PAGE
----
To underscore the chapter’s appreciation for his years of service, Mitchell will be the only honoree on a night when the Association is celebrating 57 years of unbroken commitment and 120 years of the establishment of the school, considered a beacon on the secondary education landscape of Jamaica.
“It’s the first time in 25 years that we are honoring one person and want Godfrey to know that he is a special to us, his extended family,” offered Harvey, who will make the presentation and also dub him a ‘honorary Cornwallian’.
Mitchell is a married father of four children.
US President-elect Donald Trump is considering Mitt Romney as secretary of state, in what would be a major olive branch to mainstream Republicans who opposed the tycoon’s candidacy, a report said Thursday.
CNN and NBC said Trump would meet over the weekend with Romney, the former governor of Massachusetts who was the Republicans’ unsuccessful 2012 White House candidate against President Barack Obama.
NBC said that Trump was considering Romney as secretary of state, which would put a figure with more orthodox Republican views in charge of US foreign policy.
Senator Jeff Sessions, an arch-conservative Republican from Alabama who is one of Trump’s closest allies in Congress, said he expected the incoming president to consider the “capable” Romney for some position.
“I think it’s good that the president-elect is meeting with people like Romney. There are a lot of talented people that he needs good relationships with,” said Sessions, himself a top contender for a cabinet post.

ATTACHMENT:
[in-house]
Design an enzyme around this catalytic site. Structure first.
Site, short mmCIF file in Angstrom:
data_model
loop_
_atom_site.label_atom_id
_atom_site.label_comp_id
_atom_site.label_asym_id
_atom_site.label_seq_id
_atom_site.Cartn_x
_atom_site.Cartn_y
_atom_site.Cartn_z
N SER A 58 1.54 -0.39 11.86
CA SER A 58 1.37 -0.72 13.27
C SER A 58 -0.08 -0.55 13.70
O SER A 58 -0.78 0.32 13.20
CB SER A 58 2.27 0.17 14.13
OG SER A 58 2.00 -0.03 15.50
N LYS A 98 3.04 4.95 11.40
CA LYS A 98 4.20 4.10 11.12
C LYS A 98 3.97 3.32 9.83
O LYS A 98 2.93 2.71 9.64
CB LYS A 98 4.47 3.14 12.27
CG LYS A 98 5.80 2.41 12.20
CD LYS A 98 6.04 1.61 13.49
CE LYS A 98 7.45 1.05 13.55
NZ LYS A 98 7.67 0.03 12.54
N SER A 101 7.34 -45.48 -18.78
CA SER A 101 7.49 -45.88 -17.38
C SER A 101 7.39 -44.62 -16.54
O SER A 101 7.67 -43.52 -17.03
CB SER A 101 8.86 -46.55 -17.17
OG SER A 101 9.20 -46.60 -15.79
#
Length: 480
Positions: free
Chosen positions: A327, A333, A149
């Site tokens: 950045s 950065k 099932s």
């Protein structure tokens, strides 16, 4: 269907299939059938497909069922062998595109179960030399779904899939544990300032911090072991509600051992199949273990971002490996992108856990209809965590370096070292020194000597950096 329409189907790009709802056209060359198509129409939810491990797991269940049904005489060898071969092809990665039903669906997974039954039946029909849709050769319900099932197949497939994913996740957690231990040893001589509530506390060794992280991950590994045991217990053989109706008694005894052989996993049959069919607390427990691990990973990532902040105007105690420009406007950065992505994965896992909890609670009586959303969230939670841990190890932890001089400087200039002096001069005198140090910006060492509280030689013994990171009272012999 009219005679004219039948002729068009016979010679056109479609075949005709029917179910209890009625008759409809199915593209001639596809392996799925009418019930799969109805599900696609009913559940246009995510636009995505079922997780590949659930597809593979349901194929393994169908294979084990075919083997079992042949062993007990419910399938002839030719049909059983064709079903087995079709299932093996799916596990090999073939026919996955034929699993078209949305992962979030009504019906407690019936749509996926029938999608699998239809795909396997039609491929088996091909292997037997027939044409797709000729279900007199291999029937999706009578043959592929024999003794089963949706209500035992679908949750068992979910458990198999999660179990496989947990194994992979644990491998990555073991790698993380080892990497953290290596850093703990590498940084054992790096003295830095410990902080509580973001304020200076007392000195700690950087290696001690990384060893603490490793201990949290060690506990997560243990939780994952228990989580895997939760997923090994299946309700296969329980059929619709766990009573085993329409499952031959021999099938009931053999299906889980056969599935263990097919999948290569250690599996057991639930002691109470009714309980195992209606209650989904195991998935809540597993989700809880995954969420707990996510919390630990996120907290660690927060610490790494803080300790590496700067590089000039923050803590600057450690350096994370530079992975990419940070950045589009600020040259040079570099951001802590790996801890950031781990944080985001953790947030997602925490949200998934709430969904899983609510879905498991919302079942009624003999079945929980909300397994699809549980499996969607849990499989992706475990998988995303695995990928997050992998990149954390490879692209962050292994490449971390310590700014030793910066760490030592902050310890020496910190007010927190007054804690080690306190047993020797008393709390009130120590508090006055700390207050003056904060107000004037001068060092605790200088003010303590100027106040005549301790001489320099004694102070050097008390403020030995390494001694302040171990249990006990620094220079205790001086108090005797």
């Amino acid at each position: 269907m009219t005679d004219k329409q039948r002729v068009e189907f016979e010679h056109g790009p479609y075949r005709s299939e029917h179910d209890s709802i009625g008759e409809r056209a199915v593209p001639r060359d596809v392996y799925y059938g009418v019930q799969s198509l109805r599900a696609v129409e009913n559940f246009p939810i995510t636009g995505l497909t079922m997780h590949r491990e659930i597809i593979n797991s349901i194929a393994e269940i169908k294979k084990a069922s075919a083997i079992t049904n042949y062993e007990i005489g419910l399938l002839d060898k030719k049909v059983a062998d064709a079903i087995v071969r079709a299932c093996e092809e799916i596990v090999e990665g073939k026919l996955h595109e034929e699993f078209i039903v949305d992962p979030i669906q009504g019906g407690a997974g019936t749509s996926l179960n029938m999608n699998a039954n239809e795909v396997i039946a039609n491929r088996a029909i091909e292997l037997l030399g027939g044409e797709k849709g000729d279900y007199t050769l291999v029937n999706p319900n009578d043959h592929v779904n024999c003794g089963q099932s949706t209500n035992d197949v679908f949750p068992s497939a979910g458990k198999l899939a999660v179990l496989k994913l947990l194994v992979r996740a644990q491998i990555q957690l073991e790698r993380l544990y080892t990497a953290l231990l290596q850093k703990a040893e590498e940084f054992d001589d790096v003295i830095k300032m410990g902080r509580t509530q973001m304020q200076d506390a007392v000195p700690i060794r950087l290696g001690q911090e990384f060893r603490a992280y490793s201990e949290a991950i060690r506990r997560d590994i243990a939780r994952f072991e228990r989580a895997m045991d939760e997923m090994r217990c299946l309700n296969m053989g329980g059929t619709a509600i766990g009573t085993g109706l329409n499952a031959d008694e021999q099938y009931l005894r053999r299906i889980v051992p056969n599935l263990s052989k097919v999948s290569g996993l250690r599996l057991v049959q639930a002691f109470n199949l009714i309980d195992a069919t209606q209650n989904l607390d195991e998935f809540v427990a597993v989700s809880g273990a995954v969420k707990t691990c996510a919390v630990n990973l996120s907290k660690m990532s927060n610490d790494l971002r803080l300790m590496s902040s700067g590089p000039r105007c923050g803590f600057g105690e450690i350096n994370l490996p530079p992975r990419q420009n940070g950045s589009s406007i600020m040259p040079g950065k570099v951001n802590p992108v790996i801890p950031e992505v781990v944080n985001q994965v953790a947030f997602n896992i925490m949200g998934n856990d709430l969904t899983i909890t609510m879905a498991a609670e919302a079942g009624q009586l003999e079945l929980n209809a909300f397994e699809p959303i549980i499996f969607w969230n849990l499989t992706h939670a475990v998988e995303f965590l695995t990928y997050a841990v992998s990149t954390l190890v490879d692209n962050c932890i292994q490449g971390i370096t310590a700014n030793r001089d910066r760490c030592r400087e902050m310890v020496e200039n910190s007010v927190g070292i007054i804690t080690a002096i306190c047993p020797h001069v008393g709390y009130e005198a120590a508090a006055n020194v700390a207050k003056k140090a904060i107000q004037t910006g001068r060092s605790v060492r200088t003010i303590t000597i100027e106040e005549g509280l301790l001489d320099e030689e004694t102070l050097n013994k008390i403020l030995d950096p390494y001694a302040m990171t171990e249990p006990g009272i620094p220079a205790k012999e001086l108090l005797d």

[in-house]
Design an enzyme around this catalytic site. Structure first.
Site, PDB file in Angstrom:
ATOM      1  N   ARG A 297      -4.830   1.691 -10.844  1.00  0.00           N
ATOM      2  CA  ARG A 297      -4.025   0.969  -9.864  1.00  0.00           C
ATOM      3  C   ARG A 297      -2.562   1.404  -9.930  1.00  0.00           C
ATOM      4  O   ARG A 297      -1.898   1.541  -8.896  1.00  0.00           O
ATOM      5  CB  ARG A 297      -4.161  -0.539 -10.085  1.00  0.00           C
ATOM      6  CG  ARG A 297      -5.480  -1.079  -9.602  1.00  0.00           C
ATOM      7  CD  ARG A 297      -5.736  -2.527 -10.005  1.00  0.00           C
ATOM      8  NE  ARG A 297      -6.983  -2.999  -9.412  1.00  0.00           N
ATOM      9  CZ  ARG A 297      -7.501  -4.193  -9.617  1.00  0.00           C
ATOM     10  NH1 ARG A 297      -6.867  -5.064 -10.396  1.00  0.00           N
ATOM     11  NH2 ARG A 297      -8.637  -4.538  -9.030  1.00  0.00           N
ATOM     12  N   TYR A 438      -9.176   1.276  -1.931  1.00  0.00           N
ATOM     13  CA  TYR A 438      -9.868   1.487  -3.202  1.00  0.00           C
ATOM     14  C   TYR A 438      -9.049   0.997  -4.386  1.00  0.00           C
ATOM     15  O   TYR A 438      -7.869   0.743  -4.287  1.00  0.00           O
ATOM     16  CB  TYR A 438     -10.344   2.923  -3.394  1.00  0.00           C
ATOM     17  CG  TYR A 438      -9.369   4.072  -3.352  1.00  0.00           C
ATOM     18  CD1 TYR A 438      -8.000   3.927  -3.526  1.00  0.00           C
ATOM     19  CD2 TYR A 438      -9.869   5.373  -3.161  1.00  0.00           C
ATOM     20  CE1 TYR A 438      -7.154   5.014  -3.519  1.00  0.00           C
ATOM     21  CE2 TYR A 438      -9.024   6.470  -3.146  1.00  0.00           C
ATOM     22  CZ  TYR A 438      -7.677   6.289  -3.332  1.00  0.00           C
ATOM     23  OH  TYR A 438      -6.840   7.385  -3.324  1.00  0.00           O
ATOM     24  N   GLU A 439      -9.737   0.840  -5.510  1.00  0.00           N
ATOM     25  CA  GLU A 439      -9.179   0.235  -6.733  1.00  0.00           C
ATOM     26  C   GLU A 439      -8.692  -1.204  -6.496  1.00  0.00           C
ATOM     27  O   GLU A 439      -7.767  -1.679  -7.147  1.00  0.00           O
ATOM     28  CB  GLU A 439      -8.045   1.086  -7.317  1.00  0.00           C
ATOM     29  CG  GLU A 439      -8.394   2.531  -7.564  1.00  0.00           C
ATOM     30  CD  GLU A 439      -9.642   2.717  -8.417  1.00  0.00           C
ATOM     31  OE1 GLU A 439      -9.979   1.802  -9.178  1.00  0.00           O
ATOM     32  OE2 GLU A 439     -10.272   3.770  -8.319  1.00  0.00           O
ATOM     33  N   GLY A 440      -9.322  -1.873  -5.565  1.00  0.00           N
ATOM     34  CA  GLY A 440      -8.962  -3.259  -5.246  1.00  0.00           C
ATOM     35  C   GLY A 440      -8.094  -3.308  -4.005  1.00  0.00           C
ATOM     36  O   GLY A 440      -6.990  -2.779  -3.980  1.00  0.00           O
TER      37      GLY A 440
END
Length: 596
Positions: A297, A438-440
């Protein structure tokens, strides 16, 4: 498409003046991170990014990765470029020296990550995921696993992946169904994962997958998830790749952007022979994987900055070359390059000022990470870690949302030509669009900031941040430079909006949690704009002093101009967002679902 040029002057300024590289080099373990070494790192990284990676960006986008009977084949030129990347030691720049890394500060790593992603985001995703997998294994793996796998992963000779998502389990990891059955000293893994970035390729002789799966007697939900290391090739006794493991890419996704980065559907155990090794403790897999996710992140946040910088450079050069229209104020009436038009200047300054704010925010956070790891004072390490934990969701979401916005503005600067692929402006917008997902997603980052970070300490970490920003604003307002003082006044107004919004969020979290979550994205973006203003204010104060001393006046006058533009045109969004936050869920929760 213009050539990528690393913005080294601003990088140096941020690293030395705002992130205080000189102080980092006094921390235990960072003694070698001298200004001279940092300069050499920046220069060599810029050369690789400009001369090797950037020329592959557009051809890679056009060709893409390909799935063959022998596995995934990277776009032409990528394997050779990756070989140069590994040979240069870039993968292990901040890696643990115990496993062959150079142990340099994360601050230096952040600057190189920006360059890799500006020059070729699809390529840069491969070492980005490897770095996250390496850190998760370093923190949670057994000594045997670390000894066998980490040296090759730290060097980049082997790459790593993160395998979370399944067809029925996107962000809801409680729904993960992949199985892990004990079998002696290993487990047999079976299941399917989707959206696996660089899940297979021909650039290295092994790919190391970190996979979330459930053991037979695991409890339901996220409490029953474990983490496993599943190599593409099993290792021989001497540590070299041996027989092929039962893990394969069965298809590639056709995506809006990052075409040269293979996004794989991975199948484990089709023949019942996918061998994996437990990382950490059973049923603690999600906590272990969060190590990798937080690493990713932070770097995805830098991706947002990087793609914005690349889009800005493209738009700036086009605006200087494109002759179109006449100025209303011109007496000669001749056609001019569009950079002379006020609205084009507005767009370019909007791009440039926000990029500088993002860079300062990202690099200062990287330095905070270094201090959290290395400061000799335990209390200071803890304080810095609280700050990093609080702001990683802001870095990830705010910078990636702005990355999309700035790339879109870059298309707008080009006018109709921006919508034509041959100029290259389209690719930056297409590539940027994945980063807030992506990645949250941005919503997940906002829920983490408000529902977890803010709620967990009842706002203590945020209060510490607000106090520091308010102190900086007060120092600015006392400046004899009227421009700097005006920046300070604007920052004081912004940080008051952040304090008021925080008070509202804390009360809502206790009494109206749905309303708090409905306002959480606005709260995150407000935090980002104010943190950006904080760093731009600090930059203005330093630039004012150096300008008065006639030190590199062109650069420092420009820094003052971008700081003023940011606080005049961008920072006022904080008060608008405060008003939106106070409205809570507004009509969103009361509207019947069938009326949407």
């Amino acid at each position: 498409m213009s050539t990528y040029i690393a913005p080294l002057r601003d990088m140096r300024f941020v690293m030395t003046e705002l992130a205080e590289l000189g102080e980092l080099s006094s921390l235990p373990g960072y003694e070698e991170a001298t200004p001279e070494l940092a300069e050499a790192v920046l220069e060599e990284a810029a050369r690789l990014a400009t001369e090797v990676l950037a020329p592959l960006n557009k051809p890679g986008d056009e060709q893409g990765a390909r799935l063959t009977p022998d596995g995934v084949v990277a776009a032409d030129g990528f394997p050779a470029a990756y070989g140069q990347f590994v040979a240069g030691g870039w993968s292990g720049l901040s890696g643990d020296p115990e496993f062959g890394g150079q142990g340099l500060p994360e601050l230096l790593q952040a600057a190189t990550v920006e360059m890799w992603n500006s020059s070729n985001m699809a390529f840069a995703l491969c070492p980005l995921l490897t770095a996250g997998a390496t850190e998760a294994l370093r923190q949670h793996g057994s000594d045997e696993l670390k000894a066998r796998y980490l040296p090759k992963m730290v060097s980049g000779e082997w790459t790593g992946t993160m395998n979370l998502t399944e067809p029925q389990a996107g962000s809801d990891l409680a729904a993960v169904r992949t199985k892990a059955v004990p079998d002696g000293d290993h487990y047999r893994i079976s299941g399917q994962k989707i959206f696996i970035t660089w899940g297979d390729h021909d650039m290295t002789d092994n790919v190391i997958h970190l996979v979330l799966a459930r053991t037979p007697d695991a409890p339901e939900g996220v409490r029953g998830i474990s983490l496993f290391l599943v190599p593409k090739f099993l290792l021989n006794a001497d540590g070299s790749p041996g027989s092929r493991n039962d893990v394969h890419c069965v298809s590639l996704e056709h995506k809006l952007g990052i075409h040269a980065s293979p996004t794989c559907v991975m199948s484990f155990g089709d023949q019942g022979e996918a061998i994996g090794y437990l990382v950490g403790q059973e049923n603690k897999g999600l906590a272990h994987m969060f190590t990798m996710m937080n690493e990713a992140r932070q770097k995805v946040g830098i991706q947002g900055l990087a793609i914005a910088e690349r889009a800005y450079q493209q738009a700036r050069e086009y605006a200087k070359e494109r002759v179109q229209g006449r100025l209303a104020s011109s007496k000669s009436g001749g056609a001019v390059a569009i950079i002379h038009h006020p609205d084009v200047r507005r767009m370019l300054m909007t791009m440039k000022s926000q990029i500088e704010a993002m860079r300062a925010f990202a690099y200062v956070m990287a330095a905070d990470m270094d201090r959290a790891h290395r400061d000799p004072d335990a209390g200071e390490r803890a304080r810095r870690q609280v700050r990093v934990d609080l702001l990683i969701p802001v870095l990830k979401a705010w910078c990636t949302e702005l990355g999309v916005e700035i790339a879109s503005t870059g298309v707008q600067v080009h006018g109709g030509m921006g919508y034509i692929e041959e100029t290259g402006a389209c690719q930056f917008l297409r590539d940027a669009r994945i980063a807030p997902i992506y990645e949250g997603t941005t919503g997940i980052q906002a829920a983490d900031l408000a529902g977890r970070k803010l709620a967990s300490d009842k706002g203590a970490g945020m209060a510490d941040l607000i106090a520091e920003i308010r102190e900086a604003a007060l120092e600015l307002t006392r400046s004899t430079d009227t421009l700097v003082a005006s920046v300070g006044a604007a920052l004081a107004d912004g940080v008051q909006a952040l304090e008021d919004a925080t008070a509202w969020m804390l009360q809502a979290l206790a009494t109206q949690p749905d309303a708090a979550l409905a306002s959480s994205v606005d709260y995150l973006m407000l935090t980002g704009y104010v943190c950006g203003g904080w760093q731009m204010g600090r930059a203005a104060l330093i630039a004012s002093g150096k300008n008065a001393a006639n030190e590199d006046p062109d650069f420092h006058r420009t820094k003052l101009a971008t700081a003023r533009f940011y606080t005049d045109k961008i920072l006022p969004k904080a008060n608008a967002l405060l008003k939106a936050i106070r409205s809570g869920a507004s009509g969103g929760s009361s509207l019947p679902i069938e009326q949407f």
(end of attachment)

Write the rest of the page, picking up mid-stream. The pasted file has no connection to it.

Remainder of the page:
“And I think Mr Romney would be quite capable of doing a number of things,” Sessions told reporters after meeting the president-elect at his Trump Tower in Manhattan.
Romney was one of the staunchest Republican opponents of Trump’s candidacy during the party’s primaries, describing the businessman as vulgar, unprincipled and threatening to US values.
Romney in particular chastised Trump for proposing a ban on all foreign Muslims entering the United States.
In March, Romney said that “Trump’s bombast is already alarming our allies and fueling the enmity of our enemies.”
Romney also has a more traditional Republican skepticism of Russia, which he called the top geopolitical threat to the United States during the 2012 election.
In a striking departure for a Republican, Trump has voiced hope for working with Russian President Vladimir Putin, who has spoken warmly of the businessman-turned-world leader.
Media reports have speculated on a wide range of names to be secretary of state including South Carolina Governor Nikki Haley, another Republican who was initially lukewarm to Trump.
An Indian American, Haley would inject diversity into the cabinet after a divisive election in which Trump was outspoken in his criticism of immigration.
Other names floated for secretary of state include Rudy Giuliani, the combative former New York mayor and staunch Trump defender who would likely face scrutiny over a slew of business dealings, and hawkish former US ambassador to the United Nations John Bolton.